At retirement they have the option to take up to 25% of the fund as a tax free cash lump sum, and the remaining funds will be taxable as earned income.
There is now no upper age limit by which retirement benefits must be taken (particular products may impose their own age limits).
There are no restrictions on people’s ability to draw down from their defined contribution pension pots after age 55. This will allow flexible access to pension savings.
This means there is no particular product that individuals must purchase or invest in when accessing pension savings. It will be up to them to decide how to access their benefits, either as a lump sum or through some sort of financial product.
If the total value of your pension benefits exceeds the “Lifetime Allowance” the excess benefits will be subject to a tax charge of up to 55%. For the 2018/19 tax year the Lifetime Allowance is £1,030,000 but it may be possible to keep a higher lifetime allowance if one of the forms of protection is applied for:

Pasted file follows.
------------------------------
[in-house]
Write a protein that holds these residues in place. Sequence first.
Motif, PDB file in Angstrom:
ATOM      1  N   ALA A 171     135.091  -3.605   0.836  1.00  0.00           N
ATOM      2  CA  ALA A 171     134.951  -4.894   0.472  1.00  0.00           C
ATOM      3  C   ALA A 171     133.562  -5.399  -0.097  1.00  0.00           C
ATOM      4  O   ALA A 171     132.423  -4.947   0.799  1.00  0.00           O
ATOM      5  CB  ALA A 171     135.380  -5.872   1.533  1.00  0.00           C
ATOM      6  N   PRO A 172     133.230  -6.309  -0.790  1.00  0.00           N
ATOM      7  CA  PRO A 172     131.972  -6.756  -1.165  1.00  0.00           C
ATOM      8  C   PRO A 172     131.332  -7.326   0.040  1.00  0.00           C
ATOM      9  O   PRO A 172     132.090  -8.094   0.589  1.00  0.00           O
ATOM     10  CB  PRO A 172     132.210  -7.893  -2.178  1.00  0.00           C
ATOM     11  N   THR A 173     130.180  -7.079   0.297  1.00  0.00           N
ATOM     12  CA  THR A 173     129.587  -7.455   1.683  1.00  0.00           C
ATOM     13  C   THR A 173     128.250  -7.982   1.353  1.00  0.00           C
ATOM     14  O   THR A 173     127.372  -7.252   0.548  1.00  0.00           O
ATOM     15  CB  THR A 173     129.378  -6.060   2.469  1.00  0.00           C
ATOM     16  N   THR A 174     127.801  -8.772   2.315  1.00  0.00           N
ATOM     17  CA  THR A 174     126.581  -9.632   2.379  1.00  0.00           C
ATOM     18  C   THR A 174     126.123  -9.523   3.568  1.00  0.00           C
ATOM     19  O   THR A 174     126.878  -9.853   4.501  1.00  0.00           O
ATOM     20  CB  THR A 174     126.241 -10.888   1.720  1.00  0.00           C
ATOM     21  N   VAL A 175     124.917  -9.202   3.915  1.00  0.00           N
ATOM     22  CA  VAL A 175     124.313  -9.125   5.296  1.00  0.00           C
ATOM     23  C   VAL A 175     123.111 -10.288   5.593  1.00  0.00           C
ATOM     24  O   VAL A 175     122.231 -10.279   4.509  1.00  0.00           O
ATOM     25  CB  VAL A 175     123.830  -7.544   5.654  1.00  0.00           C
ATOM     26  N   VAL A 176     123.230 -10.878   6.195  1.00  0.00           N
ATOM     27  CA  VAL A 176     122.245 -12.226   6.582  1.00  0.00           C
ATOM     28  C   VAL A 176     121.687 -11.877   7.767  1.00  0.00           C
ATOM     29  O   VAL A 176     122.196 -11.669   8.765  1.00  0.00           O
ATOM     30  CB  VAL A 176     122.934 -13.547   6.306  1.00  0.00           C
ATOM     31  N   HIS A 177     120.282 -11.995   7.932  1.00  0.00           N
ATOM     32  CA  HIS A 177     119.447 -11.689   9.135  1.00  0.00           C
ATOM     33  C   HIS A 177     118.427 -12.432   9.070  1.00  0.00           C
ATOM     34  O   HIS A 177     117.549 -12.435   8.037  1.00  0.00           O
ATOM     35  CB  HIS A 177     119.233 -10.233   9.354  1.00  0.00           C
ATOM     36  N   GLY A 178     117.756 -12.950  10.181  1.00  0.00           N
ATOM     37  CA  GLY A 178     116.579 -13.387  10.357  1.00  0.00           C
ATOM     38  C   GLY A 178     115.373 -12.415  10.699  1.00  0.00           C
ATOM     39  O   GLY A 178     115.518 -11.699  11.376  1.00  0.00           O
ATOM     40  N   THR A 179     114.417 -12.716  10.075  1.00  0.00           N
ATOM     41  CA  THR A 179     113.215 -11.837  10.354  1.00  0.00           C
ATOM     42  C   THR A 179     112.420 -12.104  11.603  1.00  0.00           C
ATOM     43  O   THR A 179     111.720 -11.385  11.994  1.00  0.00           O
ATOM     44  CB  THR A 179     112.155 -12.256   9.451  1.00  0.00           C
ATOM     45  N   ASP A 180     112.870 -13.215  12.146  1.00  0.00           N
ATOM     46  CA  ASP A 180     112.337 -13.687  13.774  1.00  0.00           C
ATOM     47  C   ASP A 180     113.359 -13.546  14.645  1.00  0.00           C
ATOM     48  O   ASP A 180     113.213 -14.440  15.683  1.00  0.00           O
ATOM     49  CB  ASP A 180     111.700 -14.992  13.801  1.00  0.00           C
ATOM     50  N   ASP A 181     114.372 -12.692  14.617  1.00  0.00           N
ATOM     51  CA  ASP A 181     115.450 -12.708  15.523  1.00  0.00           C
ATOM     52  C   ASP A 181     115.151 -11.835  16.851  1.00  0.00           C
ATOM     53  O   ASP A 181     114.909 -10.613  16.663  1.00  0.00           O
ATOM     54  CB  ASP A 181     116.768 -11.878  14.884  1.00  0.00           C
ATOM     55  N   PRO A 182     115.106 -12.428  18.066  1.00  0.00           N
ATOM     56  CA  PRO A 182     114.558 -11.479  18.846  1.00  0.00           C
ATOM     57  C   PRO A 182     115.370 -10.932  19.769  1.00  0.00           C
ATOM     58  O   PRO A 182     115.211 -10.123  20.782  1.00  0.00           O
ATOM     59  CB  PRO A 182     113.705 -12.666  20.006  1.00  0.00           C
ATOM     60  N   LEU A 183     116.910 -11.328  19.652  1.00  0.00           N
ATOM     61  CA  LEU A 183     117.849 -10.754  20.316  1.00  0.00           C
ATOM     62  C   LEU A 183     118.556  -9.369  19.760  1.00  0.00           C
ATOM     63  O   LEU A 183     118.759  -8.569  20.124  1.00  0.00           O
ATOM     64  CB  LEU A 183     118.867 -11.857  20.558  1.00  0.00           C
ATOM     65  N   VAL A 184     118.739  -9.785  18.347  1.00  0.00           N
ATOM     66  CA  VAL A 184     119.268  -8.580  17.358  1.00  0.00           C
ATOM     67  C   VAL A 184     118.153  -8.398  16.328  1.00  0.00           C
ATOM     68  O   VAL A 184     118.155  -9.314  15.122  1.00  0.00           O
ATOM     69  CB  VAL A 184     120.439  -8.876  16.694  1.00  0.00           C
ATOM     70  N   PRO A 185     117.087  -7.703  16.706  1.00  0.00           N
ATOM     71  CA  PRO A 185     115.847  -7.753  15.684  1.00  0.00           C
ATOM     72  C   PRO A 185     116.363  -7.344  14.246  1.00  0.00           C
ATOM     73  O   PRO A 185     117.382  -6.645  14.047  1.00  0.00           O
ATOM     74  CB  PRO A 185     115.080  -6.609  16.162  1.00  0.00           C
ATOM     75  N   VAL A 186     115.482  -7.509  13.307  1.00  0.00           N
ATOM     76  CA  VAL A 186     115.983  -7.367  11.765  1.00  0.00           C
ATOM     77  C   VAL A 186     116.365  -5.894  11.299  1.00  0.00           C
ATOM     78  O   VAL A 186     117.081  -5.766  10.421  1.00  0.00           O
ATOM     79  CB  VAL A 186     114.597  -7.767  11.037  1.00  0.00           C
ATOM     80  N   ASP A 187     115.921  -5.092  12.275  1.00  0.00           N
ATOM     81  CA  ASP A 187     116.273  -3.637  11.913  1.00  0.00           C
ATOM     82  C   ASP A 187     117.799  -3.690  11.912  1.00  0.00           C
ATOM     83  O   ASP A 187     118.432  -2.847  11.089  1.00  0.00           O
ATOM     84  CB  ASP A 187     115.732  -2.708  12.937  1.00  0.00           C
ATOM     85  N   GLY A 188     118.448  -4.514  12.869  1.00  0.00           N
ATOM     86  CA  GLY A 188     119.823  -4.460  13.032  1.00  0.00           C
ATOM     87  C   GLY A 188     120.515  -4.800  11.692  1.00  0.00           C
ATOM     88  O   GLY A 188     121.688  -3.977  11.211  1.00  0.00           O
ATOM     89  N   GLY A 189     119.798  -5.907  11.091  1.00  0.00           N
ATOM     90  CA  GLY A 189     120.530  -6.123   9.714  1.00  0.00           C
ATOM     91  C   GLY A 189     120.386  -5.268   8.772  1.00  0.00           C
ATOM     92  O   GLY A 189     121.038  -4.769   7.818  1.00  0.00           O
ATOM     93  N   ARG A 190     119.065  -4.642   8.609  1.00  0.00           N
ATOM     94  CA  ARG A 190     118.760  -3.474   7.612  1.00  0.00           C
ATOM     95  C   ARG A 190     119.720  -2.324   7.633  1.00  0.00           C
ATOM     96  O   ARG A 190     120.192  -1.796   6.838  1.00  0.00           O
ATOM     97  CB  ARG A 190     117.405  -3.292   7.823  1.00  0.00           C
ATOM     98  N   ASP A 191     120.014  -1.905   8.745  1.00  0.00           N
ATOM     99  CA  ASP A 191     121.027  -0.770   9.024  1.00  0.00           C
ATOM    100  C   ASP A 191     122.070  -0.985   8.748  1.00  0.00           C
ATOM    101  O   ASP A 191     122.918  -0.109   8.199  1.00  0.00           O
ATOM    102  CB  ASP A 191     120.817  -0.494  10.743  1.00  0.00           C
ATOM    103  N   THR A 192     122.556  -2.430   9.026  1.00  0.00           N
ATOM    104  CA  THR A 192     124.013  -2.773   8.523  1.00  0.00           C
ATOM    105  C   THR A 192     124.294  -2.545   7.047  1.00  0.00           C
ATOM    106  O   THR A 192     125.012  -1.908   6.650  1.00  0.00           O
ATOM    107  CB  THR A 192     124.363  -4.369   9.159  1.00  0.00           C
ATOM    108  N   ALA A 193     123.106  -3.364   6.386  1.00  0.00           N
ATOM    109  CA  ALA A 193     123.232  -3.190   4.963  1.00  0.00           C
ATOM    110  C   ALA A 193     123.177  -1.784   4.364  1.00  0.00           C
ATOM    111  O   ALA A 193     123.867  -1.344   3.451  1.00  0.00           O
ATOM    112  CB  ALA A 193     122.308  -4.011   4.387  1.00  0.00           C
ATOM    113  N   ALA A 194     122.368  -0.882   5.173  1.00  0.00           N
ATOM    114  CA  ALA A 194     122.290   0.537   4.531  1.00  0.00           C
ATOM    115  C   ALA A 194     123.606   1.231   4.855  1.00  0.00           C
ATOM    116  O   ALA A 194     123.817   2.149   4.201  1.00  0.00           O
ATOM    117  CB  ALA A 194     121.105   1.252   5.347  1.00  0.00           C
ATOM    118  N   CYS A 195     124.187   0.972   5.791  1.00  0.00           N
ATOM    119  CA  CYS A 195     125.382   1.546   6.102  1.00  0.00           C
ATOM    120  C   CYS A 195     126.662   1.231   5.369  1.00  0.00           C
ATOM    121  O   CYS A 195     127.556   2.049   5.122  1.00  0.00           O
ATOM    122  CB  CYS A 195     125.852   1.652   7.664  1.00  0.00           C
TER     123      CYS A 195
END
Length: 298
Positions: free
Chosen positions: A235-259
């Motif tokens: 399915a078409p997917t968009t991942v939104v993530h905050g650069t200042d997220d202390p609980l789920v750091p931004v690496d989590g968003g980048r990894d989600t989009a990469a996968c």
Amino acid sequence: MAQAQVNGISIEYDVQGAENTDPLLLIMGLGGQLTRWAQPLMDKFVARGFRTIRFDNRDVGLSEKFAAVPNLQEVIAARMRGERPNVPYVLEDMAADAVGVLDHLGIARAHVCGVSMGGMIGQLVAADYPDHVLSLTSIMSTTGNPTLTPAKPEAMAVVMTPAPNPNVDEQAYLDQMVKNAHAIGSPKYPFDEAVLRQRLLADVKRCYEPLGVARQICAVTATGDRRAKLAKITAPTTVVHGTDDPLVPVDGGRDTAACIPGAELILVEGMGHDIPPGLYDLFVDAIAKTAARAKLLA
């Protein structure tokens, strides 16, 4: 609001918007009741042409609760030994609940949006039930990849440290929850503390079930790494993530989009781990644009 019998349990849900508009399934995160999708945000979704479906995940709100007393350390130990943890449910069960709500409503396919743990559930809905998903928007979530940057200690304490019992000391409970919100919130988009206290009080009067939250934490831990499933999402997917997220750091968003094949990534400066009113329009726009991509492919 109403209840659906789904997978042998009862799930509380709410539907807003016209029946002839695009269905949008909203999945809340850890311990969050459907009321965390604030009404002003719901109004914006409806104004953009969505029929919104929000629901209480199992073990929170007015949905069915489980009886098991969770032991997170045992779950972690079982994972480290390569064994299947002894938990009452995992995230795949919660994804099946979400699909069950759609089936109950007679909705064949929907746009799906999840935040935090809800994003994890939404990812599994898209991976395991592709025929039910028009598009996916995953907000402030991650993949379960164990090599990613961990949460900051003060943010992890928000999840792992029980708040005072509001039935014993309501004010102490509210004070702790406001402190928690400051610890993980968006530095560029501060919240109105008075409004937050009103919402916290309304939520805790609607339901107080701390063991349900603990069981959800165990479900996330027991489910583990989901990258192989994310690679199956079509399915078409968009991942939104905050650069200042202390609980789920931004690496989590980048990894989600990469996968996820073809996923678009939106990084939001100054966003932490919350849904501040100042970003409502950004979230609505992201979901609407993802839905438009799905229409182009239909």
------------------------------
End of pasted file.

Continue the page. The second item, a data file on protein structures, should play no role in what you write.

- Individual Protection 2016 (IP2016) – available to those with total pension savings greater than £1 million on 5th April 2016. IP2016 will allow those individuals meeting certain criteria to fix their lifetime allowance at the value of their pension fund as at 5th April 2016, with the maximum protection being £1.25 million. Pension funding can continue but further funding is likely to be subject to a lifetime allowance charge.
- Fixed Protection 2016 - doesn’t require a minimum fund value but is aimed at those who expect their pension funds to exceed £1 million at retirement. It fixes the individual’s lifetime allowance at £1.25 million but doesn’t allow any further pension funding after 5th April 2016.
Payment on death
The value of the pension fund is available to the individuals beneficiaries on their death and can normally be withdrawn as a lump sum or left within the pension wrapper to be drawn on to provide a regular or ad-hoc income – further details are contained in the accompanying literature.